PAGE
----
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Case 3:10-cv-00521-BTM -POR Document 51 Filed 01/03/12 Page 1 of 11

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UNITED STATES DISTRICT COURT

SOUTHERN DISTRICT OF CALIFORNIA

PHL VARIABLE INSURANCE CO.,

v.

Plaintiff,

Case No. 10cv521 BTM(NLS)
ORDER DENYING MOTIONS TO
DISMISS

HOWARD ABRAMS; MAYFAIR
STRATEGIES, LLC; and THE ABRAMS
FAMILY IRREVOCABLE LIFE
INSURANCE TRUST, by and through its
trustee, H. BRUCE ABBOTT,

Defendants.

The Abrams Family Irrevocable Life Insurance Trust (“Trust”) and Mayfair Strategies,
LLC (“Mayfair”) (collectively “Defendants”) have filed motions to dismiss Plaintiff’s Second
Amended Complaint (“SAC”). For the reasons discussed below, Defendants’ motions to
dismiss are DENIED.

I. BACKGROUND

This action concerns a $10 million life insurance policy (“Policy”) insuring the life of
Howard Abrams. The Policy was issued by PHL Variable Insurance Company (“Phoenix”)
to the Trust on March 15, 2008.

Phoenix claims that Mayfair, Abrams, and the Trust made material representations
to Phoenix during the application process regarding Abrams’s net worth, Abrams’s annual

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income, the purpose for the policy, the payor of the premiums on the Policy, and whether
there was any intention for a third party to obtain an interest in the Policy. According to
Phoenix, the Policy was not being purchased for estate planning purposes, as represented
by Defendants, but, rather, was procured for the benefit of a third-party investor that lacked
an insurable interest in Abrams’s life. Phoenix alleges that the Trust was established to act
as a “straw-man” in a fraudulent STOLI (stranger originated life insurance) scheme.

Phoenix commenced this action on March 10, 2010. Phoenix’s First Amended
Complaint (“FAC”) asserted a single claim against the Trust for declaratory judgment that the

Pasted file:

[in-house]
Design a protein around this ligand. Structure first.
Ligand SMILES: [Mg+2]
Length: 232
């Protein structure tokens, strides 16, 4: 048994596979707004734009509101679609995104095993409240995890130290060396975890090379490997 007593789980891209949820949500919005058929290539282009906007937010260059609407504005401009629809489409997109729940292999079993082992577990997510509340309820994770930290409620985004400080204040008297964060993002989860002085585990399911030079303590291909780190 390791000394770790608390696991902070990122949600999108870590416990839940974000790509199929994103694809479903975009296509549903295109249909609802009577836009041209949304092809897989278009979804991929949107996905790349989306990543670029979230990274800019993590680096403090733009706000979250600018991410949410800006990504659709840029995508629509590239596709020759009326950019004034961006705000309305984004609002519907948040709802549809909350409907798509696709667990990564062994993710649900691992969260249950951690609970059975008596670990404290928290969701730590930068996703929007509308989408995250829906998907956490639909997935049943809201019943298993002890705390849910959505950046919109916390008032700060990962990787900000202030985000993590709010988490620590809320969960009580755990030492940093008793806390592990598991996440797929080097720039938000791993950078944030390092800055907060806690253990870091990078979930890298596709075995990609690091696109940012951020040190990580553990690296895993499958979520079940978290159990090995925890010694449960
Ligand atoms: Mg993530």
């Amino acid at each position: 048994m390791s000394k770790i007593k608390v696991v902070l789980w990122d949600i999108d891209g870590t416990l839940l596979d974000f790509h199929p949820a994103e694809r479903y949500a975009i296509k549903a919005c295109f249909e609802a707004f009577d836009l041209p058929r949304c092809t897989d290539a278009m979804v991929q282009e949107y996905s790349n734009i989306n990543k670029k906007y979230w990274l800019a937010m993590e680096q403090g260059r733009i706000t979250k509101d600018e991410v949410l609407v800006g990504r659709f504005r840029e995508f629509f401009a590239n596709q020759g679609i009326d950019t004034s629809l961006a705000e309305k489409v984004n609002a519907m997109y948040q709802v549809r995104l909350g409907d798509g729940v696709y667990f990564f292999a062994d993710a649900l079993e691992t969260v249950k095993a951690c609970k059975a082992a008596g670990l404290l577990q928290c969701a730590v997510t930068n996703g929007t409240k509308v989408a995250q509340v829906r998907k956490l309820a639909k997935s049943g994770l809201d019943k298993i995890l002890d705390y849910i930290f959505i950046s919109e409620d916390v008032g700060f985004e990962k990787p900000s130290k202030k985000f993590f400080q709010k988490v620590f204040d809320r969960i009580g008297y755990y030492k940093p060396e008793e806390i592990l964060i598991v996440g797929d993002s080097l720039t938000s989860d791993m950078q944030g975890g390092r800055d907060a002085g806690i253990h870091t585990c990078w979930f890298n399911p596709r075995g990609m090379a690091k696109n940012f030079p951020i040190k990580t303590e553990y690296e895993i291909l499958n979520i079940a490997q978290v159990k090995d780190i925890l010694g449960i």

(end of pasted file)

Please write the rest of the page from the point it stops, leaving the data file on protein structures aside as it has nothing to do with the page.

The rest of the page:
Policy was null, void, and rescinded ab initio due to the fraudulent and/or material
misrepresentations and omissions made on the application for the Policy. The Trust brought
a motion to dismiss the FAC, which the Court granted in an order filed on November 5, 2010.
The Court ruled that Phoenix had not pled sufficient facts supporting its assertions that the
Trust had misstated Abrams’s net worth and annual income. Although Phoenix had alleged
that its own “independent investigation did not reveal any basis on which a person could
reasonably conclude that Abrams had a net worth of $23,652,000 or annual earned income
of $150,000 on the date of the application,” Phoenix did not provide any details as to what
the “independent investigation” entailed and what it uncovered. The Court also ruled that the
complaint lacked sufficient details supporting Phoenix’s allegation that the Policy was
procured as part of a fraudulent STOLI scheme to benefit a third-party investor. Accordingly,
the Court dismissed the FAC but granted Plaintiff leave to file a Second Amended Complaint
(“SAC”).

On November 23, 2010, Phoenix filed its SAC. The SAC names as defendants
Abrams, the Trust, and Mayfair. The SAC asserts claims for (1) declaratory judgment -
rescission due to material misrepresentation (against the Trust only); (2) declaratory
judgment - rescission due to lack of insurable interest (against the Trust only); (3) fraud; (4)
negligent misrepresentation; (5) civil conspiracy; and (6) breach of contract (as to Mayfair
only).

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II. STANDARD

A motion to dismiss under Federal Rule of Civil Procedure 12(b)(6) should be granted
only where a plaintiff's complaint lacks a "cognizable legal theory" or sufficient facts to
support a cognizable legal theory. Balistreri v. Pacifica Police Dept., 901 F.2d 696, 699 (9th
Cir. 1988). When reviewing a motion to dismiss, the allegations of material fact in plaintiff’s
complaint are taken as true and construed in the light most favorable to the plaintiff. See